One of my most memorable experiences was on my first trip to India. I remember being picked up by a Mercedes whose driver brushed aside the myriad of bicycles, motorised rickshaws and smaller, less worthy (in his eyes) cars with a combination of continuous horn blasts, speed and imposing bulk as we careered down the road from the airport to the hotel. I remember the embarrassment of being decked out with a garland of flowers and waited on hand and foot by a guy whose sole job was to offer drinks at least once an hour. I remember talking to my new Indian team and feeling really uncomfortable as they shook their heads to indicate agreement.
In Hungary, it’s easier, but still different. To me the world contains a mixture of people who see the glass as either half empty or half full. However, in Hungary they will all explain to you why the glass is really, really half empty. My colleague recently started the first lesson in Hungarian to be greeted by the sentence “Welcome to your first lesson in Hungarian, the most difficult to learn language in the world”.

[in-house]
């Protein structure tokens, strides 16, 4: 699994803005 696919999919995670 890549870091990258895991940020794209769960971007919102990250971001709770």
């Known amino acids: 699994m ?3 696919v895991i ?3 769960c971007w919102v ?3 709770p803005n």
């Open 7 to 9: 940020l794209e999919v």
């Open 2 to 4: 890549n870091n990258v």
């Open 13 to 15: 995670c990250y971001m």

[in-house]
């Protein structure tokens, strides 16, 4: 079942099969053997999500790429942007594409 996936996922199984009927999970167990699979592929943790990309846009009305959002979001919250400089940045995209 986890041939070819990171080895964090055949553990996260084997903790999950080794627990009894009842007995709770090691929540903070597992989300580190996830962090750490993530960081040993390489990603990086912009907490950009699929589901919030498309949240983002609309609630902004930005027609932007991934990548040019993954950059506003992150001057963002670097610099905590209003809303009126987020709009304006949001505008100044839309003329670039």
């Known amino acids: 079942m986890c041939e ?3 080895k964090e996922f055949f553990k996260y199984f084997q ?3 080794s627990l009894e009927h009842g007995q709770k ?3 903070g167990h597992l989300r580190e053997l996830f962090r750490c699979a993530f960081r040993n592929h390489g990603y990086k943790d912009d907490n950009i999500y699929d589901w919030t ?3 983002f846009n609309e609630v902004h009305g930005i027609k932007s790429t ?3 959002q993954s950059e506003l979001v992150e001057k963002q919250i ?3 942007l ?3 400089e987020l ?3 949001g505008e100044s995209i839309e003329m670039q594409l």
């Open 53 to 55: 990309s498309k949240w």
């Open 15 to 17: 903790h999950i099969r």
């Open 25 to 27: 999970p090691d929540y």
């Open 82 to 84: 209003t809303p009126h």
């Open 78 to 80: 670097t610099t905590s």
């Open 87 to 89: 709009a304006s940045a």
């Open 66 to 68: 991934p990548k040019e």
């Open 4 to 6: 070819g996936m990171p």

Making it all work
Despite the differences, my ecommerce software company has made it work for us in both countries, and in both cases it has come from the same approach. This has involved persistence, building relationships, understanding the culture and mutual respect. And here’s the thing, we are still working with the same Indian and Hungarian companies that we started out with over ten years ago.
Both have teams that work 100% for us. We still have three of the original five Hungarians nearly 13 years later and the story is similar with the Indian team. We try to be good customers, and they have reciprocated by being good suppliers.
Outsourcing for us has been a huge success, but this didn’t happen overnight. That, in my opinion is part of the key. We have been committed for the long term; we have come to understand the differences and we have shown respect for their culture and sensitivity to their needs. In return we have negotiated great pricing.
Would I do it all over again? Absolutely, my latest start up is using a team of programmers in Budapest.
My final thought. If you ever visit Hungary, stay off the home-brewed Palinka, it’s poison.